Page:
Supervalu also owns the faster-growing Save-A-Lot chain of smaller grocery stores that serve urban and suburban neighborhoods. Those stores have been more profitable for SuperValu although margins slipped in the most recent quarter.
The announcement came as the Minneapolis-area company posted first quarter sales of $10.6 billion and earnings of only $41 million.
“While our shift to a fair price plus promotion strategy is right for our business, it is essential that we move even more aggressively to lower prices, and anticipate and respond to competitor actions. We expect our business transformation to meet our customers’ demands for great quality at lower prices,” said Craig Herkert, CEO.
“We intend to do this while remaining profitable, continuing to pay down debt and investing the capital to maintain and enhance our stores and related assets. Accordingly, we will be pursuing deeper and more structural cost savings initiatives. Also, we are adopting more flexible financing facilities, reducing our near-term capital expenditures and suspending our dividend.”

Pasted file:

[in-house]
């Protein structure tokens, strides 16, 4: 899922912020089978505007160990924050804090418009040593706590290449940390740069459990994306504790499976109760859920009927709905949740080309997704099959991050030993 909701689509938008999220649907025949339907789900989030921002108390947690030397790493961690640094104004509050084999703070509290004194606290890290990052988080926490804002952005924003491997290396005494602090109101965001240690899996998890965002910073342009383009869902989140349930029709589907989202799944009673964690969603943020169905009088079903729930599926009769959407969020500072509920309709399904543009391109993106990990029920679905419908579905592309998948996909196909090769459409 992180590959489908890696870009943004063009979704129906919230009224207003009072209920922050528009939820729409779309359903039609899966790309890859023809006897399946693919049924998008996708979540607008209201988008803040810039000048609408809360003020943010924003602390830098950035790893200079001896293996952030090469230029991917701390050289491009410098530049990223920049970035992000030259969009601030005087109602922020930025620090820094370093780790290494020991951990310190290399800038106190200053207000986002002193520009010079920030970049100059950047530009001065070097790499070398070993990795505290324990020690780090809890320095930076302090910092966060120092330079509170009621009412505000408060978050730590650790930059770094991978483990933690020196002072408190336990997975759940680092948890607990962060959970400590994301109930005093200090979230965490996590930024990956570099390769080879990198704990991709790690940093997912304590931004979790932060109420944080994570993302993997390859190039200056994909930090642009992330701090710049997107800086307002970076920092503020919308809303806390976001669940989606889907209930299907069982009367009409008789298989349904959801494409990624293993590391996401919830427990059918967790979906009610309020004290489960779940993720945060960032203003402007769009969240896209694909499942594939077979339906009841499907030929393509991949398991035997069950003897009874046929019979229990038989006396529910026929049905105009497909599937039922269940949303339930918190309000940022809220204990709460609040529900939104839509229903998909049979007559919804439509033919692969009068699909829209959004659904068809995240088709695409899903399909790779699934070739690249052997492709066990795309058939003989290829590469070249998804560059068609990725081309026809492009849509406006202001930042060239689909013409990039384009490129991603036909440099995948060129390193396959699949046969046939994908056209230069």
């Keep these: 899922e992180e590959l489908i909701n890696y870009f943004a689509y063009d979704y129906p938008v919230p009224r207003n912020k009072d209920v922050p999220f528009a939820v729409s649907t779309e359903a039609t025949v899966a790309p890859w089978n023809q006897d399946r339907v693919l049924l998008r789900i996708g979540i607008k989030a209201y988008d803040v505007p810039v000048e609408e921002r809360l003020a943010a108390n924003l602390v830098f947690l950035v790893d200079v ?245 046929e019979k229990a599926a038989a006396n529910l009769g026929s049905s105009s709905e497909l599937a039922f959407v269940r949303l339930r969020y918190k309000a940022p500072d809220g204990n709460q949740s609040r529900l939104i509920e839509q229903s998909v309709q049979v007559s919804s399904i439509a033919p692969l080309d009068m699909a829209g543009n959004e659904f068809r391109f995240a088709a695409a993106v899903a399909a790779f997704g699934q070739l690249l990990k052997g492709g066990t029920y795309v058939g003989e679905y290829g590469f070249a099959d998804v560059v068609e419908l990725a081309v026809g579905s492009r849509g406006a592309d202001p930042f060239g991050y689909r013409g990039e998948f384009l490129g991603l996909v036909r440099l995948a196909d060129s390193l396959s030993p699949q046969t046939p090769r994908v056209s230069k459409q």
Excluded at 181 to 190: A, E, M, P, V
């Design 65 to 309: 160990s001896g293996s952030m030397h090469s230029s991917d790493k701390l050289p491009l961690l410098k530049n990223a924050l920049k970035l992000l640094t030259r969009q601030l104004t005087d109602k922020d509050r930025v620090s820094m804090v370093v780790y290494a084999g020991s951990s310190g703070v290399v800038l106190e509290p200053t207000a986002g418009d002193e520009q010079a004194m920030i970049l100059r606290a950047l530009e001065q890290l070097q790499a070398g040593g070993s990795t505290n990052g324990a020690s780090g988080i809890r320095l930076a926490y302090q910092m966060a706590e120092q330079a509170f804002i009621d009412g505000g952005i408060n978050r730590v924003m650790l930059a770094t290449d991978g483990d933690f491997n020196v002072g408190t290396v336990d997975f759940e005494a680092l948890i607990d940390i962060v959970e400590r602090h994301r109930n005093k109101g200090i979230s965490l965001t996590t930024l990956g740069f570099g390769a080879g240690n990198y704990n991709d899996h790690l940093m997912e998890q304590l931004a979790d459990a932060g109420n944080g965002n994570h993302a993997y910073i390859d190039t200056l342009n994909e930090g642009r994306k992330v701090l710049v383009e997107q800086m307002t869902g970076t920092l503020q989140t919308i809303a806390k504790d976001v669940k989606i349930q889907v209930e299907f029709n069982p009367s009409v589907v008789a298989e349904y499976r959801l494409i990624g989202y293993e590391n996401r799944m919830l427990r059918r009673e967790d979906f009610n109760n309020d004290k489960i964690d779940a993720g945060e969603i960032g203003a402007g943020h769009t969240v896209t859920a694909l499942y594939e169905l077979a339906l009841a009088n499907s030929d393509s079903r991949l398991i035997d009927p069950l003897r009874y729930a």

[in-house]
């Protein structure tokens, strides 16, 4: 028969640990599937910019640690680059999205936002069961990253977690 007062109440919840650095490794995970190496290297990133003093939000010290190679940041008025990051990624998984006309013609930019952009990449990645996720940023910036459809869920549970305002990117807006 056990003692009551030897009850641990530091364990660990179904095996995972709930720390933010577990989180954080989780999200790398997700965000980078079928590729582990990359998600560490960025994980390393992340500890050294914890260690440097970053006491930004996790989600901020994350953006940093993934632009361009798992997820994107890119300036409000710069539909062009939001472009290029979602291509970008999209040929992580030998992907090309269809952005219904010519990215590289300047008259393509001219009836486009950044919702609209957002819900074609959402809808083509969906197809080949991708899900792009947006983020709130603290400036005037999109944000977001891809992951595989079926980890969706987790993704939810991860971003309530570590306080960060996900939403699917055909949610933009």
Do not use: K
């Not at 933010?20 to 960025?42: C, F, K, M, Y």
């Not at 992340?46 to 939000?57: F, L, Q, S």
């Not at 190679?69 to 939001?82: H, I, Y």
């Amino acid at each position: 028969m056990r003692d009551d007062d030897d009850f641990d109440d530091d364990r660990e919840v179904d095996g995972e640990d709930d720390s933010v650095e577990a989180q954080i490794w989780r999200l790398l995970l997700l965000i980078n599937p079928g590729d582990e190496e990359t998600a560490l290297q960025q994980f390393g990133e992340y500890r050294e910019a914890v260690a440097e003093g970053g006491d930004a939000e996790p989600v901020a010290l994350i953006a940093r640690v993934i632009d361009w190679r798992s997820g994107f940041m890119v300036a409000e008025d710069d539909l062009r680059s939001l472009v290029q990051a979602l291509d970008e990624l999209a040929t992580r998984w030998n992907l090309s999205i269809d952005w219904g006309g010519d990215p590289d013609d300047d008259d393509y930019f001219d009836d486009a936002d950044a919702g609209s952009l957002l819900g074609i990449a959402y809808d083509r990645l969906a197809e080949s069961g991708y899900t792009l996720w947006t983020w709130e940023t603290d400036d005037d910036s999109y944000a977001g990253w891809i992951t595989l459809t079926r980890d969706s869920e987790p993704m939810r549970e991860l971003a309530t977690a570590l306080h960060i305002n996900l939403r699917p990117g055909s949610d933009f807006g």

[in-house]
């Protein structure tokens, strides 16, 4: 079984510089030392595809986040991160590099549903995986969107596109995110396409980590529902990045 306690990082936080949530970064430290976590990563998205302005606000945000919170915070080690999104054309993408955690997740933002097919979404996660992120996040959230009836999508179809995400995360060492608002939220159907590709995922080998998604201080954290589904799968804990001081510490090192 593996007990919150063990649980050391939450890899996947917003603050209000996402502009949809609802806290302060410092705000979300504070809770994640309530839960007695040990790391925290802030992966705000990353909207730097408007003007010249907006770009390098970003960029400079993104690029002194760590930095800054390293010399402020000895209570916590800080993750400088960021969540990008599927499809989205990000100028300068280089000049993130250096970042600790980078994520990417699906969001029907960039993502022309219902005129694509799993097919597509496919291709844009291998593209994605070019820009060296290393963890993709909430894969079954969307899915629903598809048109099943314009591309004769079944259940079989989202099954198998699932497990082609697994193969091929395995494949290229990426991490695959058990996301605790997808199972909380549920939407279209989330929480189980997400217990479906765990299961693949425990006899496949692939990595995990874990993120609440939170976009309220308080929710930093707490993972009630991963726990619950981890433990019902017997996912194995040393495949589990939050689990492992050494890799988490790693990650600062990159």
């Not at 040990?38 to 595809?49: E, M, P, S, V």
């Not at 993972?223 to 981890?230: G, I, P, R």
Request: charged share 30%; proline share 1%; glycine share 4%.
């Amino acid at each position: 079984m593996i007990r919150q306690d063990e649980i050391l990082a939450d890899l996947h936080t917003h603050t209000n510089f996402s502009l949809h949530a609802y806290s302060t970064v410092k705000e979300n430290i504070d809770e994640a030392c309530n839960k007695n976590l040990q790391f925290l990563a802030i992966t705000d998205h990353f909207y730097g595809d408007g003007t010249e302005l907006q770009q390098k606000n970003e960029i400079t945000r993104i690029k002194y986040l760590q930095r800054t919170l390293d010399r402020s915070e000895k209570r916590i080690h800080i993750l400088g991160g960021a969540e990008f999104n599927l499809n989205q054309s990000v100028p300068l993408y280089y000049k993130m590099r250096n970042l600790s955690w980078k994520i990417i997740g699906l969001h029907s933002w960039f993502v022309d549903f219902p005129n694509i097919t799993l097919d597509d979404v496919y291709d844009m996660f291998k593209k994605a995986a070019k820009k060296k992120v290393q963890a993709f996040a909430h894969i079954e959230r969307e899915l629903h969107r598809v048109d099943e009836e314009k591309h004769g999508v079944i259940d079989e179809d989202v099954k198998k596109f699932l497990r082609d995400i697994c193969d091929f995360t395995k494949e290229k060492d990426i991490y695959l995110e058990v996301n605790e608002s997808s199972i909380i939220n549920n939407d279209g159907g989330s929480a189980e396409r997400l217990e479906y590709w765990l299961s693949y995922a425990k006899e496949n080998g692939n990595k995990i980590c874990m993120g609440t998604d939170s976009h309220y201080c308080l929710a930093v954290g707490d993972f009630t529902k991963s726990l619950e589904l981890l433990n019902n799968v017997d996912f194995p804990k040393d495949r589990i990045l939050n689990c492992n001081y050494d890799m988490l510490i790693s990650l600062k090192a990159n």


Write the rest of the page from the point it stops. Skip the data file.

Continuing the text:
Acme has been facing stiff competition as it closes stores in smaller towns on the edges of its sales territory that runs from New Jersey to the Eastern Shore of Maryland. In northern Delaware, Shoprite, has emerged as a formidable competitor. The company has struggled for years with stores acquired from Albertston’s, which owned Acme.
Acme has responded with a program aimed at meeting the pricing of competitors that also include Walmart and Target.
The company’s board and management, in conjunction with its financial advisors, Goldman Sachs and Greenhill & Co., have initiated a review of strategic alternatives to create value for the Company’s shareholders. The company said the review might not make major changes.